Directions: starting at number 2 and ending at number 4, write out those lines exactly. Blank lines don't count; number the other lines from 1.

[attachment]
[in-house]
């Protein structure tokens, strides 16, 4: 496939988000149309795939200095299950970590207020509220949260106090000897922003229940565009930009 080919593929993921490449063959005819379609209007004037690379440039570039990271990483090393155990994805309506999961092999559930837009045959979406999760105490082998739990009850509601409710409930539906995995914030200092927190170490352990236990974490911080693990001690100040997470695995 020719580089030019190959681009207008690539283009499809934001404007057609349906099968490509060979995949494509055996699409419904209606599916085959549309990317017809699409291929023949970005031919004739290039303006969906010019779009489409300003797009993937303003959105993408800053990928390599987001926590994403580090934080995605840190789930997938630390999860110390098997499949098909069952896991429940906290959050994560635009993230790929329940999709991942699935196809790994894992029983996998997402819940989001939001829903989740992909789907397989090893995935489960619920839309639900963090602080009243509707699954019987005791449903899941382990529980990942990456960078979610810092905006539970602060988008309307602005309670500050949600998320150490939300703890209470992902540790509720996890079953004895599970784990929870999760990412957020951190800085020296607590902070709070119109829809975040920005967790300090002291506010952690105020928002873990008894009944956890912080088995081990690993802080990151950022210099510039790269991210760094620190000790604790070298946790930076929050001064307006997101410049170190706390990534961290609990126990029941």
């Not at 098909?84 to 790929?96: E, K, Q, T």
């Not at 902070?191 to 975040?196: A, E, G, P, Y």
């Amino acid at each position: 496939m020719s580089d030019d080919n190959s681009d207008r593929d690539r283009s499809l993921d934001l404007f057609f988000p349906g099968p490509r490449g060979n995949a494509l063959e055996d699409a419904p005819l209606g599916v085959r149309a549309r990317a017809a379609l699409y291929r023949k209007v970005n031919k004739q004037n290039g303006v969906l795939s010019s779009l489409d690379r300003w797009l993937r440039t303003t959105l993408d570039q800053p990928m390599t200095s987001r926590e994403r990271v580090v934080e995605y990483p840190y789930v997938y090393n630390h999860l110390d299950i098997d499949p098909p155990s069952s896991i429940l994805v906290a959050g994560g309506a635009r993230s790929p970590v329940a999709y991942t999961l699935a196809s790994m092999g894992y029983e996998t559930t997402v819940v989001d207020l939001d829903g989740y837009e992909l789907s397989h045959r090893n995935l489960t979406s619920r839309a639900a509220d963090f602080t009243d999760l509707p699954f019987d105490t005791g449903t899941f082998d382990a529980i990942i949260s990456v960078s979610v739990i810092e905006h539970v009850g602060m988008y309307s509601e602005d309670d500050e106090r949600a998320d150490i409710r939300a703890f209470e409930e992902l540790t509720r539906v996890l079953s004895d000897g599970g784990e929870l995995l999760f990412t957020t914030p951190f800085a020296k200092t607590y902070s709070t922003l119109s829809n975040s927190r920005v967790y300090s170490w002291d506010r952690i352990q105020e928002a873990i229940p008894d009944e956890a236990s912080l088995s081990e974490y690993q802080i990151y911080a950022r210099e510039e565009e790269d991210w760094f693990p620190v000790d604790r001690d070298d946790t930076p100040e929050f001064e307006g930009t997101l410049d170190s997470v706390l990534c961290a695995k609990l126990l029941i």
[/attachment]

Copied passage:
């Protein structure tokens, strides 16, 4: 496939988000149309795939200095299950970590207020509220949260106090000897922003229940565009930009 080919593929993921490449063959005819379609209007004037690379440039570039990271990483090393155990994805309506999961092999559930837009045959979406999760105490082998739990009850509601409710409930539906995995914030200092927190170490352990236990974490911080693990001690100040997470695995 020719580089030019190959681009207008690539283009499809934001404007057609349906099968490509060979995949494509055996699409419904209606599916085959549309990317017809699409291929023949970005031919004739290039303006969906010019779009489409300003797009993937303003959105993408800053990928390599987001926590994403580090934080995605840190789930997938630390999860110390098997499949098909069952896991429940906290959050994560635009993230790929329940999709991942699935196809790994894992029983996998997402819940989001939001829903989740992909789907397989090893995935489960619920839309639900963090602080009243509707699954019987005791449903899941382990529980990942990456960078979610810092905006539970602060988008309307602005309670500050949600998320150490939300703890209470992902540790509720996890079953004895599970784990929870999760990412957020951190800085020296607590902070709070119109829809975040920005967790300090002291506010952690105020928002873990008894009944956890912080088995081990690993802080990151950022210099510039790269991210760094620190000790604790070298946790930076929050001064307006997101410049170190706390990534961290609990126990029941």
């Not at 098909?84 to 790929?96: E, K, Q, T």
């Not at 902070?191 to 975040?196: A, E, G, P, Y």